More on Medicare
I’ve read through scores of official press releases and speeches concerning the new Medicare prescription drug benefit; all those I’ve seen so far read as gung-ho sales pitches containing plenty of sunny generalities and optimistic projections but little real information. To date, I’ve seen nothing to explain how things like this keep happening:
“…nearly two dozen states across the country have decided to cover the prescriptions of low-income beneficiaries as a public health emergency. Many people were being refused critical medications or were being charged as much as 80 times their usual co-payment.”
I wonder if some of these people have already had their food and housing assistance reduced, or if they even knew such a thing were possible. I didn’t know it was possible until I found these statements on medicare.gov*:
“If you apply and qualify for extra help paying for the new Medicare prescription drug coverage, you may see your food stamp benefits go down as you spend less on drugs. Using the new Medicare drug coverage means you will have more cash to spend on food that you used to spend on prescription drugs. The value of the extra help paying Medicare prescription drug costs will more than make up for any loss in food stamps. If you get the $10 minimum food stamp benefit, then your benefits may end.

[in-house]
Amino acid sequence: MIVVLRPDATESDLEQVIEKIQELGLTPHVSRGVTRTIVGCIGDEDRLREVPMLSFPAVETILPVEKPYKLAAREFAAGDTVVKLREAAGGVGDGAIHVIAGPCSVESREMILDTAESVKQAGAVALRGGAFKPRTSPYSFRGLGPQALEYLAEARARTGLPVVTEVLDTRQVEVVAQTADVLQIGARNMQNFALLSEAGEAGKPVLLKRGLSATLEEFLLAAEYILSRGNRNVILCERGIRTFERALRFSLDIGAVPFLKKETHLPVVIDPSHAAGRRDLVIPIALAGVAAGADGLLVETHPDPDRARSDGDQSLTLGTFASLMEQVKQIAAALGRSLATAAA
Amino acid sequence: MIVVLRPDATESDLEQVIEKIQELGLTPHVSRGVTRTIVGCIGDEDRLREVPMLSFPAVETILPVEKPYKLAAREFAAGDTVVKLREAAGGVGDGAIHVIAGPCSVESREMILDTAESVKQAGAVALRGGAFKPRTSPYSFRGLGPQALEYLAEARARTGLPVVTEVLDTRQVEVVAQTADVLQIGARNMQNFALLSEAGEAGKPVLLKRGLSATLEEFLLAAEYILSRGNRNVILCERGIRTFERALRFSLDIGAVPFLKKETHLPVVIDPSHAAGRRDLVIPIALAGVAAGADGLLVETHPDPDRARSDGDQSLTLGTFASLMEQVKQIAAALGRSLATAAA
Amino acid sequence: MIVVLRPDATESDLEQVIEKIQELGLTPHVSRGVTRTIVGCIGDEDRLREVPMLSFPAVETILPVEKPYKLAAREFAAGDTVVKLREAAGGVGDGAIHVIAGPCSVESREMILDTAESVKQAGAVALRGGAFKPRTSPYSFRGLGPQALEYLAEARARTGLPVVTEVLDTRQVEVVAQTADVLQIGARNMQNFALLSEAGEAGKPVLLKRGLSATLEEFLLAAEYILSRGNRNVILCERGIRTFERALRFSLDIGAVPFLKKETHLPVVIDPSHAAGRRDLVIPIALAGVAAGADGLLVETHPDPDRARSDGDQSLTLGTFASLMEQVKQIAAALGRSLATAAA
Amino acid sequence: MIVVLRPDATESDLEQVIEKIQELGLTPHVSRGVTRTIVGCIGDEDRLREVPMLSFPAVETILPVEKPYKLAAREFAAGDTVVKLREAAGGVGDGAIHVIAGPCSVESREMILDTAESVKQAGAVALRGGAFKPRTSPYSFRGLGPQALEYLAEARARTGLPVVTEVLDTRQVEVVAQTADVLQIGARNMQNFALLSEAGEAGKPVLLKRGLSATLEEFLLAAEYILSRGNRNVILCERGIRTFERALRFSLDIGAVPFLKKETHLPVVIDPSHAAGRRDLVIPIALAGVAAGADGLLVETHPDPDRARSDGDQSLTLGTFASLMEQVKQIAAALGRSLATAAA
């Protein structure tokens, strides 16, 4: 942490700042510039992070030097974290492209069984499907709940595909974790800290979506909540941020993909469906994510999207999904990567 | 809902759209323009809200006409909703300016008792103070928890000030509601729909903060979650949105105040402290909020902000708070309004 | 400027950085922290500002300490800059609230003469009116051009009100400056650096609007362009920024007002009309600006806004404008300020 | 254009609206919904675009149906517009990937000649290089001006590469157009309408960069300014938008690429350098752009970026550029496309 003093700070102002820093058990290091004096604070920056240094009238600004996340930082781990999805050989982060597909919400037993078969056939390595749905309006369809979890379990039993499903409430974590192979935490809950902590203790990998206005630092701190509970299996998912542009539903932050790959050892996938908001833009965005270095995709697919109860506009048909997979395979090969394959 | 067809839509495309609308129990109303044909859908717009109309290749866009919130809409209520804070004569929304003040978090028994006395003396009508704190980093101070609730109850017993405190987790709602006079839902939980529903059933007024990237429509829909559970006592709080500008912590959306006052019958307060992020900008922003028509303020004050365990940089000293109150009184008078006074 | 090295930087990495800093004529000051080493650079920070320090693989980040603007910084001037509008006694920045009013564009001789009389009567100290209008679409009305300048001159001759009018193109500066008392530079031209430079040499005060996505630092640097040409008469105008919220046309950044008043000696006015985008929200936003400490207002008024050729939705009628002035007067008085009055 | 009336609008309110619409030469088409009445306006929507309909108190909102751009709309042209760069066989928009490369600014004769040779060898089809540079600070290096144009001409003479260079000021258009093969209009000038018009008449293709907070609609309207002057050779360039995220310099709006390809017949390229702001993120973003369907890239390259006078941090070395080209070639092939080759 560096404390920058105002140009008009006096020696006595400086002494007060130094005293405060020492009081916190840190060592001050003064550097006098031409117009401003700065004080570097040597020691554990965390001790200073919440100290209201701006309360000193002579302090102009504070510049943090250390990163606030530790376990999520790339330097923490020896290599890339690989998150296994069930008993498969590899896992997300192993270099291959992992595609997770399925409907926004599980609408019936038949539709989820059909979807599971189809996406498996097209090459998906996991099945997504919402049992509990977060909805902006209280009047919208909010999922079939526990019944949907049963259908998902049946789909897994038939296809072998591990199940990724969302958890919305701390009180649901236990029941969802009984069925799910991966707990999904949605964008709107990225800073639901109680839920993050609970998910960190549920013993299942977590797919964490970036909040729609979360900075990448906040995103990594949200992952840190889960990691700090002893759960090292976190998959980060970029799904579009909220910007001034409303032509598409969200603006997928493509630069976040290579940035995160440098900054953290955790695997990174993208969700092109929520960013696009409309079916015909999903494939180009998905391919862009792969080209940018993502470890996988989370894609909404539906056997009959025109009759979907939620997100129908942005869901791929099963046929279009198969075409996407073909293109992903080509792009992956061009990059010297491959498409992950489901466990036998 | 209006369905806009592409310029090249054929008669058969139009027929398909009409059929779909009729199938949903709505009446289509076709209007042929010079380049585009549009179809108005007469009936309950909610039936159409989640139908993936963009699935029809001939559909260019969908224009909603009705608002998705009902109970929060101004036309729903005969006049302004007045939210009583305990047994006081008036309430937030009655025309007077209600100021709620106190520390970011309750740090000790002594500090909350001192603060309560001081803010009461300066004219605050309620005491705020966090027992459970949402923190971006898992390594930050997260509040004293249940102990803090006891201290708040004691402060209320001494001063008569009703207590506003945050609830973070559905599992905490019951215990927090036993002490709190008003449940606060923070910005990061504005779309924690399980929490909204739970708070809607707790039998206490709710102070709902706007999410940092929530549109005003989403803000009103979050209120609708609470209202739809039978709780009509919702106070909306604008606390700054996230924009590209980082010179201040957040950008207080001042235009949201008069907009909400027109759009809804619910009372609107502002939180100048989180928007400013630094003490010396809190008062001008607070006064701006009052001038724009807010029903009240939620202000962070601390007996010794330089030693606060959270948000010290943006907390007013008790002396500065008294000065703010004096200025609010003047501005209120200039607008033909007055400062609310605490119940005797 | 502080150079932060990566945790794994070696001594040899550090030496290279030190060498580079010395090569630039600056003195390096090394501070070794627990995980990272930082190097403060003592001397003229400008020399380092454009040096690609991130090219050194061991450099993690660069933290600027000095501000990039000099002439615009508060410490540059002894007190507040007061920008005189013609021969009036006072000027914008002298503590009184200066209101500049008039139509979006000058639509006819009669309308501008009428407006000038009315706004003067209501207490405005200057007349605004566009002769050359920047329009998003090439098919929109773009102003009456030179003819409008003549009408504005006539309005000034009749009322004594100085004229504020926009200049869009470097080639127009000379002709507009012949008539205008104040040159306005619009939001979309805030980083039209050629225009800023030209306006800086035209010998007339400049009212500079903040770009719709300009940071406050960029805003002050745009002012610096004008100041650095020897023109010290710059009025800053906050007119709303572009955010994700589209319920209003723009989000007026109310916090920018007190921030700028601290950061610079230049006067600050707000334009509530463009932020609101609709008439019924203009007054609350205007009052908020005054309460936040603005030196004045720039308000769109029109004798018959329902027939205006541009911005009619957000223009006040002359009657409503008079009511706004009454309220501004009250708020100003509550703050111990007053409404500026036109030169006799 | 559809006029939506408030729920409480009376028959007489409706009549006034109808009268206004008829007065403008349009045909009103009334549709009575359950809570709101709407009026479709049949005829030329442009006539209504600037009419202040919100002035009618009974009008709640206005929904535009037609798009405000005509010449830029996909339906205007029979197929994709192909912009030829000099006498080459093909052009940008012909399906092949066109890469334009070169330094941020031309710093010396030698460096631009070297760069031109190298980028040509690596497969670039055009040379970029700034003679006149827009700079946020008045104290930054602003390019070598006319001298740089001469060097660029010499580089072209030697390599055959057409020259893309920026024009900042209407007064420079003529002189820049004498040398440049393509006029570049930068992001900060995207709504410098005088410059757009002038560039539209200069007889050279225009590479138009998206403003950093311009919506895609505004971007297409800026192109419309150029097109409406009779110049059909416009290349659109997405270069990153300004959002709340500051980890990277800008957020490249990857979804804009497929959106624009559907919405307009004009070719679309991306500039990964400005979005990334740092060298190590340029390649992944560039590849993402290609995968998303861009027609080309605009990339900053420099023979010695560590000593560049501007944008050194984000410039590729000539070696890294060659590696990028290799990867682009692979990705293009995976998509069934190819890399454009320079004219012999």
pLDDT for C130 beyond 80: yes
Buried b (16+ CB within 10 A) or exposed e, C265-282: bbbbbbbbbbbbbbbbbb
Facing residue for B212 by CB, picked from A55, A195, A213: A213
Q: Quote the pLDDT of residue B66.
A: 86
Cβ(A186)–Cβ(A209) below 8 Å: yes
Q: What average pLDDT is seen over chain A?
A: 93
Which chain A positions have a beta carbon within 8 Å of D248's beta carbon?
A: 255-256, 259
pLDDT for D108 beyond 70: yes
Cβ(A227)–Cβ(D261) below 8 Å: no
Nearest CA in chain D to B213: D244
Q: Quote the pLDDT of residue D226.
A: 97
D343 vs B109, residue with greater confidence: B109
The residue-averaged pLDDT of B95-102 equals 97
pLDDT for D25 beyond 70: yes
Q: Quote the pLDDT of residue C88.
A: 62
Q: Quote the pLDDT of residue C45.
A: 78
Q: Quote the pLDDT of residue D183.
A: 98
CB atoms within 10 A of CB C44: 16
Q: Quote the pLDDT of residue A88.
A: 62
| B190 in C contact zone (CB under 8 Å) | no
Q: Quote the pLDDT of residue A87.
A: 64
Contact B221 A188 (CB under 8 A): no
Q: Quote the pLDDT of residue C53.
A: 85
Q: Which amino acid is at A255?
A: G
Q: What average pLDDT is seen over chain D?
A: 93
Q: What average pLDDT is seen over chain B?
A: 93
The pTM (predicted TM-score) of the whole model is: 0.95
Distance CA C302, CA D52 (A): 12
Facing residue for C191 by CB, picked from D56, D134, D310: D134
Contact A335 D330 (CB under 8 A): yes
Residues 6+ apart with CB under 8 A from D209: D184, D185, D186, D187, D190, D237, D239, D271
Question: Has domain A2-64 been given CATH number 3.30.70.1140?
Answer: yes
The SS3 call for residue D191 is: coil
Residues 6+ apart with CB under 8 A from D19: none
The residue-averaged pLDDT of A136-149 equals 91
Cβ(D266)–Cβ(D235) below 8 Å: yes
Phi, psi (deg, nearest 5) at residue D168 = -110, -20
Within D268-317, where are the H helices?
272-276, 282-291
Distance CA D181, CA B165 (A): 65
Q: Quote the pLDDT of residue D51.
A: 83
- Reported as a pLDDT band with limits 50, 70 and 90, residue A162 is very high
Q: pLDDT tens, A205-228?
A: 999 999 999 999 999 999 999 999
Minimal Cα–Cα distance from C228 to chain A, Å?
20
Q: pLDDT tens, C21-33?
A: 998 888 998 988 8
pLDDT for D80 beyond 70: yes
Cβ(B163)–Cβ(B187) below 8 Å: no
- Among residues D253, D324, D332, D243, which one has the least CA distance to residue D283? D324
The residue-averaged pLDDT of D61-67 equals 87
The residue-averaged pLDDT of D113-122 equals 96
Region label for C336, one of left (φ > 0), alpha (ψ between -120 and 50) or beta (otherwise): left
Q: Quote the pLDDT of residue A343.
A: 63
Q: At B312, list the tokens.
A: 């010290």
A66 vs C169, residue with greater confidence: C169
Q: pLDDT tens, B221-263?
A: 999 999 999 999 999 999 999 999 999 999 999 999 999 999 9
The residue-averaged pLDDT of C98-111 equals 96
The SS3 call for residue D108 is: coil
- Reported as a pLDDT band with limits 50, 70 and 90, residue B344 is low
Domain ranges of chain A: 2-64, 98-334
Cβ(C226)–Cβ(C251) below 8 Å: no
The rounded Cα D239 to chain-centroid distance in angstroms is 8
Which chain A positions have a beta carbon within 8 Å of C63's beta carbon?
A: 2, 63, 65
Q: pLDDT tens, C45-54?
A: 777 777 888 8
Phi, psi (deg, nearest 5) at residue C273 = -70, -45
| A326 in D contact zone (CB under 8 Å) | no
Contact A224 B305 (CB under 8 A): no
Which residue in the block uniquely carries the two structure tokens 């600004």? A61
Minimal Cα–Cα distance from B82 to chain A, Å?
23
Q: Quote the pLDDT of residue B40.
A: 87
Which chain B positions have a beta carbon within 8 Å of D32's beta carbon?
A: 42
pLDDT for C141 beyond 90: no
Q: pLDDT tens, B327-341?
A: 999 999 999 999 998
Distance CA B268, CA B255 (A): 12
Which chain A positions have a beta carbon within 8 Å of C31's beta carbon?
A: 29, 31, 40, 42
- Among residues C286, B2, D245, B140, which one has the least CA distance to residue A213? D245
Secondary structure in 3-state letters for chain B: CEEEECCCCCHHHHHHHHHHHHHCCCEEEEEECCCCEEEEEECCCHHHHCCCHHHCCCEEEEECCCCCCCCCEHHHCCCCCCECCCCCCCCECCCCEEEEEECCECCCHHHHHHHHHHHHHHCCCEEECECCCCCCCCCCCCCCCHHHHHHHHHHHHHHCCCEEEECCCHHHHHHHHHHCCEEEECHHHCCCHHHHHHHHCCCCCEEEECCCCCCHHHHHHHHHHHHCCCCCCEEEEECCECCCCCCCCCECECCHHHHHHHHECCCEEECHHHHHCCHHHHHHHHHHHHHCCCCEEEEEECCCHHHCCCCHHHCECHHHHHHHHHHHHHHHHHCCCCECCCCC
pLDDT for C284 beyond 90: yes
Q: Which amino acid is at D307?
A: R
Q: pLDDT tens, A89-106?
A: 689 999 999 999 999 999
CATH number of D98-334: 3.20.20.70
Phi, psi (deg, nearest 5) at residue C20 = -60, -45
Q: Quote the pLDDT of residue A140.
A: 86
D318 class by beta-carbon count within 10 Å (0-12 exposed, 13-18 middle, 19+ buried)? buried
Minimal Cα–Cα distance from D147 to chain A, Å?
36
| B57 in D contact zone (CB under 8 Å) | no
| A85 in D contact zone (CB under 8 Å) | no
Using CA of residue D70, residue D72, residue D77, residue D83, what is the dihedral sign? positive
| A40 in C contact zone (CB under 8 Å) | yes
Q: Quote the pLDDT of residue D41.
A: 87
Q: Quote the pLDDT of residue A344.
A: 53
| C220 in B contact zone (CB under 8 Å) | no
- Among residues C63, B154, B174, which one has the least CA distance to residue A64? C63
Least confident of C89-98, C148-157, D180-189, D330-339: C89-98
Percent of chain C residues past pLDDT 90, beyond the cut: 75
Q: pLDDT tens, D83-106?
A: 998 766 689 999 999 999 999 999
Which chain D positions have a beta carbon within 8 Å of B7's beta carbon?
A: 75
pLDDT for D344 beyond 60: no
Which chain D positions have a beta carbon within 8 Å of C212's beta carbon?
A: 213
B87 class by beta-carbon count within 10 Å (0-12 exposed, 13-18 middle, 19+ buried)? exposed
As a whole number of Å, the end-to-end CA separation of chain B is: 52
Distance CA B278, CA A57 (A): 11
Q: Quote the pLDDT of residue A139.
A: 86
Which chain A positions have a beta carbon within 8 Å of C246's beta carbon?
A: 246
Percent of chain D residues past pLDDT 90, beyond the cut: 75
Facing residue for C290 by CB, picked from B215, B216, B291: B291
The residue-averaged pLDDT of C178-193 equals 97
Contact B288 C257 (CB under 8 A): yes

. . .
If you apply and qualify for extra help paying for the new Medicare prescription drug coverage, you will not lose your housing assistance. However, your housing assistance may be reduced as you spend less on drugs. Using the new Medicare drug coverage means you will have more cash to spend on rent that you used to spend on prescription drugs. The value of the extra help paying Medicare prescription drug costs will more than make up for the lower housing assistance.”
Now, it could be argued that this information is available online and can be found with a little time and effort. While that is certainly true, those impacted by these changes are low-income individuals, and I’m not sure how many poor people have ready access to the “Internets.” In light of recent news reports such as the one excerpted above, these aspects of the Medicare drug benefit are potentially life-threatening, yet I’ve NEVER heard them televised. Have you?
*I’m not providing a direct link to this information because I want you to find it yourselves (preferably while imagining you’re old, sick, and poor).
Labels: health care